Happy Twelfth Night!  Depending on how you start counting the 12 days of Christmas, it was either yesterday or today and marks the end of the holidays and the beginning of Epiphany.  It’s time to take down festive decorations and settle in to the pleasant gloom of January. Twelfth Night has lost some of its relevance, but my Mother honored the tradition of taking down her Christmas tree on twelfth night.

Historically Twelfth night was an excuse for a party.  Few of us are waking up to bake a cake with a pea and bean inside and invite friends over to drink wassail, but it sounds like the kind of silliness we need right now as a distraction from Trumpism. Shakespeare wrote Twelfth Night with the intention of it being performed on Twelfth Night. A comedy with serious themes on love and service.  Sounds like life….

In case you are inspired to throw a Twelfth Night shindig this evening, here’s a delicious wassail recipe.  Serve it hot with a slice of cake.

https://www.epicurious.com/recipes/food/views/rittenhouse-inn-wassail-punch-367909

367909_wassail-punch_1x1
Wassail at Rittenhouse Inn, Bayfield WI

Twelfth Night

By Robert Herrick

NOW, now the mirth comes
With the cake full of plums,
Where bean’s the king of the sport here;
Beside we must know,
The pea also
Must revel, as queen, in the court here.

Begin then to choose,
This night as ye use,
Who shall for the present delight here,
Be a king by the lot,
And who shall not
Be Twelfth-day queen for the night here.

Which known, let us make
Joy-sops with the cake ;
And let not a man then be seen here,
Who unurg’d will not drink
To the base from the brink
A health to the king and queen here.

Next crown a bowl full
With gentle lamb’s wool :
Add sugar, nutmeg, and ginger,
With store of ale too ;
And thus ye must do
To make the wassail a swinger.

Give then to the king
And queen wassailing :
And though with ale ye be whet here,
Yet part from hence
As free from offence
As when ye innocent met here.


© T. A. Fry and Fourteenlines, 2017. Unauthorized use and/or duplication of this material without express and written permission from this site’s author and/or owner is strictly prohibited. Excerpts and links may be used, provided that full and clear credit is given to T. A. Fry and Fourteenlines with appropriate and specific direction to the original content.

Wait For The Wisest Of All Counselors

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“Wait for that wisest of all counselors, Time.”

Pericles

New Love, New Life

by Johann Goethe
Translated by A. S. Kline

Heart, my heart, what can it mean?
What could trouble you so?
What a strange new life, it seems!
You, I no longer know.
Everything you loved is done,
Everything that grieved you,
All your work and peace is gone –
How could this overtake you!

Are you caught by lovely youth
By that beloved form,
By those eyes so good and true,
By that all-powerful force?
When I try to run away,
Collect myself and flee,
In a moment my path strays
Back to her you see.

By that magic thread, so
That cannot be untied,
The dear wanton girl, oh
She holds me fast: and I
Must lie within her magic spell
And live where she may go.
How great the change, I tell!
Love! Love! Let me go!


 

How often is what is perceived by other’s as being delusional the product of vacuity? I would like to think that I can avoid using this blog as a private confessional.  However, writing a blog and sending it out into the world is like speaking to an audience behind a veiled curtain. Readers are silent jurors who enter and exit through a different door than the one I use, with never more than a glimpse of their coming and going.  I never know who reads these words unless they choose to make their presence felt with a “like” or a comment.  I can see the footprints of readers from around the world as a count from a specific country on a specific page,  but I have no idea what they think or felt in reading the poems I select for my own enjoyment.  The greatest gift a reader can bestow is to take time to provide feedback, regardless if that feedback is positive or negative.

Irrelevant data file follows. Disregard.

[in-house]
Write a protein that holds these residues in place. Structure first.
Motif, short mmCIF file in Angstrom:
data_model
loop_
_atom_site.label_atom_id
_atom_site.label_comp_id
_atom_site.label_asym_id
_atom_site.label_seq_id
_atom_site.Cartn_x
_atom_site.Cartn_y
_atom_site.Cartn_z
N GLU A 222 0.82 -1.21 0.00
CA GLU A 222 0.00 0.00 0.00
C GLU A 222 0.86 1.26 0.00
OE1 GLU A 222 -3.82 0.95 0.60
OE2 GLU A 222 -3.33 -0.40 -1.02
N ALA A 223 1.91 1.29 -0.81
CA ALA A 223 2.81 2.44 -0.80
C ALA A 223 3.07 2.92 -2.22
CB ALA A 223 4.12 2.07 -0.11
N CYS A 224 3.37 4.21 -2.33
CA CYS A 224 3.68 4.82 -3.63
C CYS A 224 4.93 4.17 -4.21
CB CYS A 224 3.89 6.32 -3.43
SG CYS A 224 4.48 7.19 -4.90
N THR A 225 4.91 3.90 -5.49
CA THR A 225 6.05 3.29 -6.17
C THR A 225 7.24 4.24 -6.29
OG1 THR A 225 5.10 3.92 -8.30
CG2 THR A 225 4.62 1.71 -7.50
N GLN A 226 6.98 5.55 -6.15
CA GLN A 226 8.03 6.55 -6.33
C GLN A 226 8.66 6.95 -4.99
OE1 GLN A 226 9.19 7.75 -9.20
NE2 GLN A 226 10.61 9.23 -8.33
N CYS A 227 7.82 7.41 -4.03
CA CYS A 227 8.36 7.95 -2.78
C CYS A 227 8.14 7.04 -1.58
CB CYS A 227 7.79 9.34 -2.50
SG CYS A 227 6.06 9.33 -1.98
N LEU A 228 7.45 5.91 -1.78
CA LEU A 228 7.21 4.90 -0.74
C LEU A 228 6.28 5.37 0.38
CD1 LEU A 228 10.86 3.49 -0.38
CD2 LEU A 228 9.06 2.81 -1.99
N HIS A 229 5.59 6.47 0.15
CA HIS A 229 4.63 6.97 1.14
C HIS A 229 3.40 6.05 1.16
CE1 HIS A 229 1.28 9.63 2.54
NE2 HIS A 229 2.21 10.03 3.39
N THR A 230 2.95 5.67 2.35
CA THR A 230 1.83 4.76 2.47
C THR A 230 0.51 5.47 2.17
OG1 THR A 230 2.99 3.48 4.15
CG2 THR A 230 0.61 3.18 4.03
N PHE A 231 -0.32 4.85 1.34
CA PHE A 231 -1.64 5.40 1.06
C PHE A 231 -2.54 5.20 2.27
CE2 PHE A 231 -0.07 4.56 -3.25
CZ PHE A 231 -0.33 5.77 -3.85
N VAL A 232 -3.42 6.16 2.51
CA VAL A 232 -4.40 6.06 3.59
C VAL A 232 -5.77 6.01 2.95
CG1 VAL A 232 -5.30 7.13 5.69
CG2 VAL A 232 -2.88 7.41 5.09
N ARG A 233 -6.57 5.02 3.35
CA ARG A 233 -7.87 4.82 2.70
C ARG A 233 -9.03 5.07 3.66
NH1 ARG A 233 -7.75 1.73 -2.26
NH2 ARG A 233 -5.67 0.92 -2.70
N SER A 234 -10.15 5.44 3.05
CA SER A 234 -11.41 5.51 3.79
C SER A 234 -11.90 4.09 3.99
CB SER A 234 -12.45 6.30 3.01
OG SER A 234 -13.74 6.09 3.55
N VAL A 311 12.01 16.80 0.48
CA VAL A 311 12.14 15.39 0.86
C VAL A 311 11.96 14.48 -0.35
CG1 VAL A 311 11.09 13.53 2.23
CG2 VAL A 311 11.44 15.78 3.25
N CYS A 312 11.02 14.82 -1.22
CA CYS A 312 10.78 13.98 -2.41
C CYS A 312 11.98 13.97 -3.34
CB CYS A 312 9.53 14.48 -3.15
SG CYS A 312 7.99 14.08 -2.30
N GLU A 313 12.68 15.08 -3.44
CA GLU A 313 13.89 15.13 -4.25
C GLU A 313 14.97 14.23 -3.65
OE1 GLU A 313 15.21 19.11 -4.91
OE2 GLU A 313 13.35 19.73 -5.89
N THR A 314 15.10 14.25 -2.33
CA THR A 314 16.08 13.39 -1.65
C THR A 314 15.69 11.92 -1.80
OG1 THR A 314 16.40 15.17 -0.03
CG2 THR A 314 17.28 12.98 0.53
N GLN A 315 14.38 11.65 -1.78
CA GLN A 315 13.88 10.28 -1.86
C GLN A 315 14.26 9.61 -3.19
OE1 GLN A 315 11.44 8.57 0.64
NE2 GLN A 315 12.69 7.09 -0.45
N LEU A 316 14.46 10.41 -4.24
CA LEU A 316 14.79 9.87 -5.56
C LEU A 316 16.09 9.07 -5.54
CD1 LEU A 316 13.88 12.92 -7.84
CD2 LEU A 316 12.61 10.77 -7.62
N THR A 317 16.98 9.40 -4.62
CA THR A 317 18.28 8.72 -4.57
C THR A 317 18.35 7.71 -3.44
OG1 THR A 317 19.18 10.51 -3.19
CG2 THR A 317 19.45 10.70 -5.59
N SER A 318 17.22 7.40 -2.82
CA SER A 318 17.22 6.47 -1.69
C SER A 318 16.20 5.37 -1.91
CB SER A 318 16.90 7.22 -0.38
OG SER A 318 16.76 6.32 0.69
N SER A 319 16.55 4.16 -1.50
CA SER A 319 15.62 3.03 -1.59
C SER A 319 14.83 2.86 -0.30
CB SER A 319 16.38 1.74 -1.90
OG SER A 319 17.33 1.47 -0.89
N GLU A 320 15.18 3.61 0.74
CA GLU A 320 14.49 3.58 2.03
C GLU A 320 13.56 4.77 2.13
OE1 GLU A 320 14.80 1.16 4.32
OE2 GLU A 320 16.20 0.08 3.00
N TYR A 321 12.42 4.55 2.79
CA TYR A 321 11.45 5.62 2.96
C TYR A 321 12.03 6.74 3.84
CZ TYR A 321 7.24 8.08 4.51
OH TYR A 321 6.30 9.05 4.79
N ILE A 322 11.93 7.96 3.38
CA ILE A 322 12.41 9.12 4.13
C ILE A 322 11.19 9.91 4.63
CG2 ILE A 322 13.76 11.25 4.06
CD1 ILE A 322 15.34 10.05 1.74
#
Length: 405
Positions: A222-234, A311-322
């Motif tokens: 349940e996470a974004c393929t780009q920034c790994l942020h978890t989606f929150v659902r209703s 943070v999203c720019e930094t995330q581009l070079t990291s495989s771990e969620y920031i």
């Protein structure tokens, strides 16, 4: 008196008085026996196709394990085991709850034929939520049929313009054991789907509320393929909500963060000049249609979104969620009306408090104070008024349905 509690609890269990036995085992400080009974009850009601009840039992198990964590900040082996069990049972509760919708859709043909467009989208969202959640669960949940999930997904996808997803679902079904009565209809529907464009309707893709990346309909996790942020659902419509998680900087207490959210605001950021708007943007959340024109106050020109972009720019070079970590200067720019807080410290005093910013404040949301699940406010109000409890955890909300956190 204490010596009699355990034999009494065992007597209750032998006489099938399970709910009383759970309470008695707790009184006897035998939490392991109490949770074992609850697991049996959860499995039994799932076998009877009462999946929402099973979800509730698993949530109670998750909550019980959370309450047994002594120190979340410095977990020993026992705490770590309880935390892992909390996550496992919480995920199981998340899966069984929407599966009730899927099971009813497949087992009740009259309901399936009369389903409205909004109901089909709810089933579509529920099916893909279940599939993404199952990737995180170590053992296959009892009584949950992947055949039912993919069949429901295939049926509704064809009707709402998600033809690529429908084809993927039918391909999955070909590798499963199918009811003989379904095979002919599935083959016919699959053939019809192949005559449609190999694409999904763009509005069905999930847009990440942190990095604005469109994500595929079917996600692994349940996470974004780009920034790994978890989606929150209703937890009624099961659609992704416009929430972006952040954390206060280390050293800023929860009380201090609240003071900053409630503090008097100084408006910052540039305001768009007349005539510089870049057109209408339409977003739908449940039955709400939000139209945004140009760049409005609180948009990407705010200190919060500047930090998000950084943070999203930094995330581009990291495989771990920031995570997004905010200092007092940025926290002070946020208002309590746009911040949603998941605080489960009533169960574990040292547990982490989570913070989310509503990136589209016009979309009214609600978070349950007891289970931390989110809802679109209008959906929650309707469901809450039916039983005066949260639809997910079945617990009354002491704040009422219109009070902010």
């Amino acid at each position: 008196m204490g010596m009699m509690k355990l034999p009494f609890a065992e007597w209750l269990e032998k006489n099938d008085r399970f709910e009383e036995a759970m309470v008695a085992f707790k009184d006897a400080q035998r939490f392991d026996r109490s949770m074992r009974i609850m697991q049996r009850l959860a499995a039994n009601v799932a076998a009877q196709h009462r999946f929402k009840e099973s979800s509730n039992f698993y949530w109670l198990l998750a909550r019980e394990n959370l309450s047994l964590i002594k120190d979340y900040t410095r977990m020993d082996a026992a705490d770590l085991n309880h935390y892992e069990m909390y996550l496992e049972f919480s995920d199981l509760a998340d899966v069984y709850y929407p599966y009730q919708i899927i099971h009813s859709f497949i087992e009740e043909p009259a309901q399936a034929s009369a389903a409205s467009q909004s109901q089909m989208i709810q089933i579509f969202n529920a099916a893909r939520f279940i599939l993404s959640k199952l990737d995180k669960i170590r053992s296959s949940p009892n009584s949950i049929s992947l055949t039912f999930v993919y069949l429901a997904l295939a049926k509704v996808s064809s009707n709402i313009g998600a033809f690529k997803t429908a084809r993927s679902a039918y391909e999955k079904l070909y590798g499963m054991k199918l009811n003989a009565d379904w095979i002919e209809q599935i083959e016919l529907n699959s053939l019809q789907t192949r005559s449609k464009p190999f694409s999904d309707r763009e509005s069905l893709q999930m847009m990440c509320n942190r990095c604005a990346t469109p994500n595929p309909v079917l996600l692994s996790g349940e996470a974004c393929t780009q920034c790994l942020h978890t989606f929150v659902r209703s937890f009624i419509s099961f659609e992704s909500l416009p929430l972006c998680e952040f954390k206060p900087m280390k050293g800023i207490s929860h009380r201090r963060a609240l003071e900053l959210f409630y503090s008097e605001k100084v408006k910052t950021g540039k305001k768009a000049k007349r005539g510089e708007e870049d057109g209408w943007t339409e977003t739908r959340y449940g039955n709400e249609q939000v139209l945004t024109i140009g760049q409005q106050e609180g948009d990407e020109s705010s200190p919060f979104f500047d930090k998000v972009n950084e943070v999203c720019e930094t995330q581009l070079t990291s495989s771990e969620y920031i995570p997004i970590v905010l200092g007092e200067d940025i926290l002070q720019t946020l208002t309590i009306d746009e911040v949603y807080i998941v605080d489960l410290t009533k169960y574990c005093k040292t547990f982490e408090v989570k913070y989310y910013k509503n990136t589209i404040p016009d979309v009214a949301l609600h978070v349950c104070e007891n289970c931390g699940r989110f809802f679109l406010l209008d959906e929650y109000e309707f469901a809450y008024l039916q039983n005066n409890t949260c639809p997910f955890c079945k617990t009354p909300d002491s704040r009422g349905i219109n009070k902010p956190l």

Recognizing parts of my subconscious and conscious mind are laid bare on these pages, I attempt to at least not stray into self-absorbed prattle, worried that I will start sounding like a penitent looking for absolution.  Yet, if I write without admitting my human foibles, I risk sounding one-dimensional and even worse, the sin of all sins as a writer, sounding dull.  No one wants to read well-behaved words.  The magic of poetry is that I can let it speak for itself, let the poetry delve into the recesses of our minds, where the real adventures begin. The reader can decide if the postcards in words I have selected, either written by my hand or someone else’s, is an experience real or imagined. Regardless of where the words originated, each reader will take from it what they choose.

I was reminded over Christmas holidays, how others impose their own impulses, dreams, doubts, fears and motivations over the top of another’s creativity.  We each mix liberally analysis with anxiety to produce our own conclusions. Creative expression naturally welcomes criticism that, upon retrospect, seems perfectly logical, but may have nothing to do with the writer’s or artist’s intent.   It is most unsatisfying to dispel the myth of genius and admit simple-mindedness, offering up a boring explanation that I wasn’t bright enough to have intentionally created the connection they now so clearly see, which although should have been obvious to me at the time, was in reality, the product of complete ignorance or completely different motivation.  Isn’t this what makes being human so interesting?  We walk around contemplating the mundane and the magnificent with no comprehension of what anyone else is thinking at any given moment about a darn thing we are up to. Thank goodness!


Lucky Penny Lover

By T. A. Fry